The Design Issue 2016

The Design Issue

Design Week Is Back. Here's Your Game Plan.

How to Design Week

An Illustrated Introduction to Design Week Portland

Portland(s) of Tomorrow in Futurelandia

What Will the City Look Like in 50, 100, 200 Years?

Equity and Aesthetics Should Mix

Historian Reiko Hillyer Talks Density, Affordable Housing, and Equal Access to Public Space

Kevin Cavenaugh's Art of Risk

The Guerrilla Development Owner on Bringing Thoughtfulness, Creativity, and Risk into Portland Development

Design Week Portland: A User's Guide

Our Picks for Every Day of the Festival

Feeling the Overview Effect

Composer Tylor Neist Replicates an Astronaut's Return to Earth

The Central Eastside's Vanishing Borders

Diving into the Future of One of Portland's Most Rapidly Changing Areas

AKQA + New Avenues for Youth = A Very Different Pigeon

At-Risk Youth Partner with Digital Design Firm to Create New Fashion Brand

Crystal Beasley's Data-Driven Antidote to Fast Fashion

Her Portland-Based Company Is Finally Making a Goddamn Pair of Pants That Fits

A Master Class in Wedding Calligraphy and Hand-Lettered Logos

Precious Bugarin and Bryn Chernoff Will Help You Make Your Own Font!

Essential Real Talk for Creative Freelancers

The Overshare: PDX Podcast Covers the Design Life—No Unicorns or Butterflies Allowed

Chelsea Peil's Ways of Looking at a Leaf

The Design Consultant on Visualizing the Shift Toward a Waste-Free Economy

GLASS TOWERS. Identical apartments. Crowded neighborhoods with astronomical rent. A post-earthquake apocalypse. Portland's future is a source of anxiety and (very occasionally) hope. That perpetual fear and tentative optimism underlies Futurelandia, a poster gallery show about Portland's fate.

Organizer Josh Anderson says the inspiration for the show comes from "retro-inspired travel posters," the kind of mid-century visuals that promised a gleaming and impressive City of Tomorrow, with all of the nebulous enthusiasm and dread that might entail. "All of this current change and development is starting to price artists out," says Anderson. "We wanted to zoom out on that and focus on a broader aspect. The show is really focused on an abstract 50, 100, 200 years in the future, where we're not bound just by what's going on now."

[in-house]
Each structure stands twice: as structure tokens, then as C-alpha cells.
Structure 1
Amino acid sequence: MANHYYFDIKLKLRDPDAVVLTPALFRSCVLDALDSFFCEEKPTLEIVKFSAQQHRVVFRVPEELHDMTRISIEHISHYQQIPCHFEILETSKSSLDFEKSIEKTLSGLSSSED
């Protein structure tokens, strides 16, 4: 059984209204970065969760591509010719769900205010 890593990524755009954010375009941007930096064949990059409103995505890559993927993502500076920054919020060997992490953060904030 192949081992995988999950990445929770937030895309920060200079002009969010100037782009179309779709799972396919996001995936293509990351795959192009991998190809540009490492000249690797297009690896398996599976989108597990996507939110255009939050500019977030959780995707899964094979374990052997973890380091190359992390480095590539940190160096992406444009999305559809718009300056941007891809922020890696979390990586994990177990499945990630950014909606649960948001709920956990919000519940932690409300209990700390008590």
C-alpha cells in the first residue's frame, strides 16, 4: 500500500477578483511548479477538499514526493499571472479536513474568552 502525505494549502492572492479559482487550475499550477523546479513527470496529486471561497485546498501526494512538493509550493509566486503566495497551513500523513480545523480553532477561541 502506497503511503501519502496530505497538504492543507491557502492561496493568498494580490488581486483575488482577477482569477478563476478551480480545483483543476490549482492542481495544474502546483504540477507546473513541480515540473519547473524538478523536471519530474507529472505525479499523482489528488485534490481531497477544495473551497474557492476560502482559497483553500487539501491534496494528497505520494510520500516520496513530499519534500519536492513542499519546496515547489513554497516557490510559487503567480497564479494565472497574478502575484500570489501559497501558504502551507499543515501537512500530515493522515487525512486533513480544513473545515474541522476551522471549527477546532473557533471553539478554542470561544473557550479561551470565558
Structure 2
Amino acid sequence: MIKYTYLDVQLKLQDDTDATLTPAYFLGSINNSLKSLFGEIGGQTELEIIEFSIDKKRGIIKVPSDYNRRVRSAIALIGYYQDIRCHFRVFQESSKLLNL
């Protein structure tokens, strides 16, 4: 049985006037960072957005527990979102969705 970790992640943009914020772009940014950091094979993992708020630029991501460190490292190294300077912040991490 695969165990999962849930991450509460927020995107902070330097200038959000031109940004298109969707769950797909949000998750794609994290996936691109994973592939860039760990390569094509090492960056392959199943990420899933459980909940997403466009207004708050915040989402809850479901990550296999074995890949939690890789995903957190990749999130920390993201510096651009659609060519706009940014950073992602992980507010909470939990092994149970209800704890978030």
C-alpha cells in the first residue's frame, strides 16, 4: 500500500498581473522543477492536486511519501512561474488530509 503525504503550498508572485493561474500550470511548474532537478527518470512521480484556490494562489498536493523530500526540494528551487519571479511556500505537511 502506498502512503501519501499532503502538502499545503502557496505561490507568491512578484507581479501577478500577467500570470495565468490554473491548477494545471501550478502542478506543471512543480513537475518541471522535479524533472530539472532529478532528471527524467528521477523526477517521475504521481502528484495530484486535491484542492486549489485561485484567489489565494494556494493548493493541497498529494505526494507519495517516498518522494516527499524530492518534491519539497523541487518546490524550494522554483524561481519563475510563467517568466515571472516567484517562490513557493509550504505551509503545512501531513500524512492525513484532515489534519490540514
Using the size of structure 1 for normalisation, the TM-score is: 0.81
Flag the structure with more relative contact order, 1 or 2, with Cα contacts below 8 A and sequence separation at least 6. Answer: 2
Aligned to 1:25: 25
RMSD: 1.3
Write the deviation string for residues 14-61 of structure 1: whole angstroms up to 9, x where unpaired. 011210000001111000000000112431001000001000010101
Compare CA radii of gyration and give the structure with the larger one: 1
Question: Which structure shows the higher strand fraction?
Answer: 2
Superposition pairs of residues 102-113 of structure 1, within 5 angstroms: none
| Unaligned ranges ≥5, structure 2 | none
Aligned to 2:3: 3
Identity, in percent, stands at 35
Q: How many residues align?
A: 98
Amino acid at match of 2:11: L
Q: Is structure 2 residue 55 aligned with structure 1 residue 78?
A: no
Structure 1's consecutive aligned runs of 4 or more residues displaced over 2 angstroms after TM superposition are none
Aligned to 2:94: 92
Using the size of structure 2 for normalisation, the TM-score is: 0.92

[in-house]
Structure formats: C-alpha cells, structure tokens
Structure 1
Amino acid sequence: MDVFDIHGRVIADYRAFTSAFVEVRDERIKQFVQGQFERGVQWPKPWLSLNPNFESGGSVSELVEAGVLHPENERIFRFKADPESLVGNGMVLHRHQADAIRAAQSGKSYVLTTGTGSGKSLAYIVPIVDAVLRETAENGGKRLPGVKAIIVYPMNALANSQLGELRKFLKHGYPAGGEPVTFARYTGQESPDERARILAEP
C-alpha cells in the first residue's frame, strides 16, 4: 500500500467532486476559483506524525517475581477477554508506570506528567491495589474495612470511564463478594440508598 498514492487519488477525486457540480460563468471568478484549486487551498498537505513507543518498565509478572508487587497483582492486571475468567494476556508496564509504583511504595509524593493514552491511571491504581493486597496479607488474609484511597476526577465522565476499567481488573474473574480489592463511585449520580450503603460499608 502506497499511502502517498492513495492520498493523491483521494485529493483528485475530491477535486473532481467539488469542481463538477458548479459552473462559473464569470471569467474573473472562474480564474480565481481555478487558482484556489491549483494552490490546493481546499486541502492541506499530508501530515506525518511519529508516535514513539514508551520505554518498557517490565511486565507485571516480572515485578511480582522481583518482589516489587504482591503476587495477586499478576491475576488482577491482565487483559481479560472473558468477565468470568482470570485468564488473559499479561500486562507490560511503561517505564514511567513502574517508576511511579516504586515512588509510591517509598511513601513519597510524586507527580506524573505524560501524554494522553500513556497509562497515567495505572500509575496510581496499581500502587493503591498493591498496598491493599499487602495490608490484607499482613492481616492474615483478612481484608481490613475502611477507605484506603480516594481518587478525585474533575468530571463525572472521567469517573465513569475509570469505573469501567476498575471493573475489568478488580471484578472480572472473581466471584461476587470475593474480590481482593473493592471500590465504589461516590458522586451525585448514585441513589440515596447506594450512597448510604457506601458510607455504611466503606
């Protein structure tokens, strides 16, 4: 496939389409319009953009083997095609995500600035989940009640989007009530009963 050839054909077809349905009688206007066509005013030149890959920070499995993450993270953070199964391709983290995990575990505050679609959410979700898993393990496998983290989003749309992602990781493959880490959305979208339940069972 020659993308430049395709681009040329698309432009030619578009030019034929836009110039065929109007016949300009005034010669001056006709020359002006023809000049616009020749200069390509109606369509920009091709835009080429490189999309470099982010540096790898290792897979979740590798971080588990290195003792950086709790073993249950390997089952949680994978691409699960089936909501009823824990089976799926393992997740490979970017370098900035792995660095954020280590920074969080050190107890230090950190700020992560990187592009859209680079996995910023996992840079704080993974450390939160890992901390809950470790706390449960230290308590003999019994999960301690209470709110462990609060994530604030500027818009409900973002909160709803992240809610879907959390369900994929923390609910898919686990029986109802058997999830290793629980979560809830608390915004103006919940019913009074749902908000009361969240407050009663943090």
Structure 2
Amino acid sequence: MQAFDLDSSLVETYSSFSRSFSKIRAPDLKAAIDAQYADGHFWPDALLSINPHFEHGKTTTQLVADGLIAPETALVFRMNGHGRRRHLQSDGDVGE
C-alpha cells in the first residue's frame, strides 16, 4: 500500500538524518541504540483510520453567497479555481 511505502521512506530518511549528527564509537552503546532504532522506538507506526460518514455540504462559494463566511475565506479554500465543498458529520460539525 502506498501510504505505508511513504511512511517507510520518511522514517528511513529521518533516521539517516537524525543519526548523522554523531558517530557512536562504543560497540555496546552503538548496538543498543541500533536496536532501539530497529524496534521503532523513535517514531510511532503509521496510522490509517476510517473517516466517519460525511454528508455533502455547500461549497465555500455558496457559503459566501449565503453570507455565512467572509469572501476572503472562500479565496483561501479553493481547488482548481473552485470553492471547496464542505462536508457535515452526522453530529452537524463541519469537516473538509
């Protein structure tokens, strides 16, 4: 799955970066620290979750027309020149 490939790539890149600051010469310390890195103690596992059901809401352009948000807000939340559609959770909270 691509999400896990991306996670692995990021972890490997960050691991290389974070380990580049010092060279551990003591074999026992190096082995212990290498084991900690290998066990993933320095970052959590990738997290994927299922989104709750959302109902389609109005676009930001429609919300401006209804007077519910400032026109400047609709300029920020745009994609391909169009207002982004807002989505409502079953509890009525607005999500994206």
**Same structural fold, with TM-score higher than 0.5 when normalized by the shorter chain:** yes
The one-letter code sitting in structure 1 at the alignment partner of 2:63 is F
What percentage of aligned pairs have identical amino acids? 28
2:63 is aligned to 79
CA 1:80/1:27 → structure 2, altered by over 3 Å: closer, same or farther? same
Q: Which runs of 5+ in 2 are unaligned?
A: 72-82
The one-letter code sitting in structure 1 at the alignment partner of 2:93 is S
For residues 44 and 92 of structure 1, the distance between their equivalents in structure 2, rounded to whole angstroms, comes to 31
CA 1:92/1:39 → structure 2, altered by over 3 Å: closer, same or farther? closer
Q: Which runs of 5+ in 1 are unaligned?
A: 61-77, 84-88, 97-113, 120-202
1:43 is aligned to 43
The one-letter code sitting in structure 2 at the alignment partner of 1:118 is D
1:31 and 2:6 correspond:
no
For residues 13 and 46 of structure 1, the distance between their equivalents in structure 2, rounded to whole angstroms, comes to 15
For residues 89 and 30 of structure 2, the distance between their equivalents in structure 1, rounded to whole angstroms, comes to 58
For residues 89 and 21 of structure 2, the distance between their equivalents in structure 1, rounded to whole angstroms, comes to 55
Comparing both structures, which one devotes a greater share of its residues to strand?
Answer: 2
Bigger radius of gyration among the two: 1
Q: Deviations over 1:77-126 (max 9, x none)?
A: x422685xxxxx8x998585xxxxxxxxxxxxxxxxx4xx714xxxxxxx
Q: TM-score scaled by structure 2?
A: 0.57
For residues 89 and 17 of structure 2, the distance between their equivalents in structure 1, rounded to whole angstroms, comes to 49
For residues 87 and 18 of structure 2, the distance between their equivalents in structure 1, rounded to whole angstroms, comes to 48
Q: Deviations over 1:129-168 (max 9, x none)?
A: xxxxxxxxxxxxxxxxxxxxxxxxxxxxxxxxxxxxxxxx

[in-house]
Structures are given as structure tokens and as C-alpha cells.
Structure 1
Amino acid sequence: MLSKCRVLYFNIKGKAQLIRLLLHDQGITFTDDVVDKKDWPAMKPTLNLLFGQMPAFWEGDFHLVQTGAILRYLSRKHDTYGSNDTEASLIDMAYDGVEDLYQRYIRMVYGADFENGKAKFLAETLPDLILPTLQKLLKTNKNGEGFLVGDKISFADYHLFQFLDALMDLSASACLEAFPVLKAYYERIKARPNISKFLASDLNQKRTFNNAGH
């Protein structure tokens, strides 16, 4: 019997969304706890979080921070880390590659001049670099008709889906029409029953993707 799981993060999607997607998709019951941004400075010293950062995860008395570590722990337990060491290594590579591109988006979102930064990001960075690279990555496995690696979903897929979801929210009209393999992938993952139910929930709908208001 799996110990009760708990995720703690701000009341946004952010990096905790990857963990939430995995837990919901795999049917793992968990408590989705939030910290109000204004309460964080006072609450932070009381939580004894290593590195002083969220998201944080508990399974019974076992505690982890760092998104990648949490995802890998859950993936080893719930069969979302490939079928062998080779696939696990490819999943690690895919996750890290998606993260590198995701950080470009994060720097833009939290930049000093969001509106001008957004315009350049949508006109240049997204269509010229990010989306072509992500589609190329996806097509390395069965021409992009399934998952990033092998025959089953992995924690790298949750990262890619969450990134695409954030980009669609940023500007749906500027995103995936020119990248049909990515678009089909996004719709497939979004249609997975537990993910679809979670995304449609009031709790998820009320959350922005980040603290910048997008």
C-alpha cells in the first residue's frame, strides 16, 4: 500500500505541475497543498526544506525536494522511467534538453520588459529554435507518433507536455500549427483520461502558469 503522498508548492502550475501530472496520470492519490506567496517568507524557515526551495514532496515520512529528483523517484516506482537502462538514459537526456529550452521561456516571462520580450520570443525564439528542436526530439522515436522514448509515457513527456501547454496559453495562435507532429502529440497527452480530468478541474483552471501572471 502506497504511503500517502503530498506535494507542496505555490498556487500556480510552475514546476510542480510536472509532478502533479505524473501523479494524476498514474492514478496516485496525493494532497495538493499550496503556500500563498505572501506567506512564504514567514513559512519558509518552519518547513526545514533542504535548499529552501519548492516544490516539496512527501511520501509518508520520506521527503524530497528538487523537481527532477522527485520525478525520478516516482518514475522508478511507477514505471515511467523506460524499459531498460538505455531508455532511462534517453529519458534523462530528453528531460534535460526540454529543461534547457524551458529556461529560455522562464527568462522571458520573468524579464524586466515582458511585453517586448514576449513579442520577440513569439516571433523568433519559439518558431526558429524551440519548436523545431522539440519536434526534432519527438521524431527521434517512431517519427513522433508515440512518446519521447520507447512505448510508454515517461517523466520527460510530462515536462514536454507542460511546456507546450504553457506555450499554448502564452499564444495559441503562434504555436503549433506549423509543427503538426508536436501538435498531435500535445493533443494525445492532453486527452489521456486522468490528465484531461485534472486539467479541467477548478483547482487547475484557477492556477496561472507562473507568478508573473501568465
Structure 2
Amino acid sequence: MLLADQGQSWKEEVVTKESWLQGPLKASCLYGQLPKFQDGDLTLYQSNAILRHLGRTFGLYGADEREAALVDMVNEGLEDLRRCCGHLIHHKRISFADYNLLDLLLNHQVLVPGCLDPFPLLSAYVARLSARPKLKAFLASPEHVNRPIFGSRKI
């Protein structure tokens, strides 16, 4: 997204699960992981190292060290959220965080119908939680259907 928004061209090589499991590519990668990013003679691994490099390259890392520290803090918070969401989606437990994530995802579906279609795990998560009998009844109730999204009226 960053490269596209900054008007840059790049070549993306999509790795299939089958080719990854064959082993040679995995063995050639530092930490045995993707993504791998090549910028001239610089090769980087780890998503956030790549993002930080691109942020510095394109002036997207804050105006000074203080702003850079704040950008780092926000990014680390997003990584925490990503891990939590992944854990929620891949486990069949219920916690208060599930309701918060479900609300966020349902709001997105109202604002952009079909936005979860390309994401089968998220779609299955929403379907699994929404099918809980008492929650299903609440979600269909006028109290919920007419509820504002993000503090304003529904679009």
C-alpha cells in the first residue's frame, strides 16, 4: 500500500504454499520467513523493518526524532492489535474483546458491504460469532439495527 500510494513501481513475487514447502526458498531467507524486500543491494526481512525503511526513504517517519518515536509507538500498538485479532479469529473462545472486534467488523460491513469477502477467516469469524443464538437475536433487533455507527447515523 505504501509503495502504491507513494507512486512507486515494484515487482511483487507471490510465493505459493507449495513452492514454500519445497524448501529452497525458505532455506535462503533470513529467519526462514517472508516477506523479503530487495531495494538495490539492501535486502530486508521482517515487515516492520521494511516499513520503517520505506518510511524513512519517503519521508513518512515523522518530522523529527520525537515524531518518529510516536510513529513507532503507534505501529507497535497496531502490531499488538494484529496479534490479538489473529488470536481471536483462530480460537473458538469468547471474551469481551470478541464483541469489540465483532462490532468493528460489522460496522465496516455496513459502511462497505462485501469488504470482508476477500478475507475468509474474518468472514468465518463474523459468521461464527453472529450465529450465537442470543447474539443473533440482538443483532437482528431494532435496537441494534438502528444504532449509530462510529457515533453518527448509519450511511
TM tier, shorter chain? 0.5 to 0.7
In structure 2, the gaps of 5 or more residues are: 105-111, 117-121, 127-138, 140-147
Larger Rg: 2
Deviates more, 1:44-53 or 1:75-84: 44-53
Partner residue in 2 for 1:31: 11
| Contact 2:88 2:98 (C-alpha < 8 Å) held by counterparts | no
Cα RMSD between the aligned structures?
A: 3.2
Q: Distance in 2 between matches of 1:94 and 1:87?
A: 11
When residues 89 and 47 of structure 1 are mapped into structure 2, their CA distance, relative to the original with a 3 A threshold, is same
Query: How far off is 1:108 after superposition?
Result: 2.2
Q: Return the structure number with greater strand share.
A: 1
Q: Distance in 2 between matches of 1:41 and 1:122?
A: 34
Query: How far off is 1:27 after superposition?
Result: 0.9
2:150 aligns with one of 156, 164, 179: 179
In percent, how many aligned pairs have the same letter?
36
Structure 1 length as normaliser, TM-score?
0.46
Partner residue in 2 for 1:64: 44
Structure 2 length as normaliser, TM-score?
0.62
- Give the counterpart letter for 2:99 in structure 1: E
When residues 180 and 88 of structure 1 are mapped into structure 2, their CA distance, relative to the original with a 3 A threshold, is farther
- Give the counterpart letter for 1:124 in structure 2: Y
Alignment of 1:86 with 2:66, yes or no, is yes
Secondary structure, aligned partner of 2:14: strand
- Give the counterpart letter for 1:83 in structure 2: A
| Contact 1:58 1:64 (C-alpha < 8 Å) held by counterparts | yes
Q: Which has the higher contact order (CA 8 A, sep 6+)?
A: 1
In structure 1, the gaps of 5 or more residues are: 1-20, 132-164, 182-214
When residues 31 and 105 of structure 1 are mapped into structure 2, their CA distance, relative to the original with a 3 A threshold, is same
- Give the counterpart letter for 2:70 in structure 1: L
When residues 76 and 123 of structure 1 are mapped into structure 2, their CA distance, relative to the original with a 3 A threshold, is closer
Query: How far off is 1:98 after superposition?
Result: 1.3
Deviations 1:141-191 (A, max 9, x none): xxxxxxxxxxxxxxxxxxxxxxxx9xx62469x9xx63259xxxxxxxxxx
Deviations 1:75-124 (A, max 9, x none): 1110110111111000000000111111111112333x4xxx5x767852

"It's really fun when you think back to what Portland was like 100 years ago," says the show's co-organizer, Ryan Gallagher. "It was so different. The housing, transportation, everything... so we started thinking what it could be like 50 or 100 years from now. We're at this perpetual fork in the road where things could get worse and we're in this dystopian Portland, or some of the things we're addressing today could actually have this really positive ripple effect."

It's not all bad. Anderson, Gallagher, and their co-organizer Shannon Guirl wanted to portray positive futures for Portland as well. Gallagher rattled off a few examples, like a future Portland that's diverse instead of overwhelmingly white, or a city of parks with well-maintained green spaces. (Or, you know, a gigantic traffic snarl.)

The futures are varied and strange. With more than 20 artists participating in Futurelandia, the tomorrows on view are all different. Anderson says that showgoers will see "some takes on transportation, some takes on culture and society, [and] housing... the goal was to ease people into this discussion with an imaginative view of what the future might look like and then sink into these issues on a deeper level. The art is serving as the spark for a broader discussion." To that end, Gallagher and Anderson have invited a panel of speakers to the event, to discuss issues such as diversity, health, the environment, and transportation.

Futurelandia: Envisioning the Portland of Tomorrow
Union/Pine, 525 SE Pine, Thurs April 21, 6-9 pm, free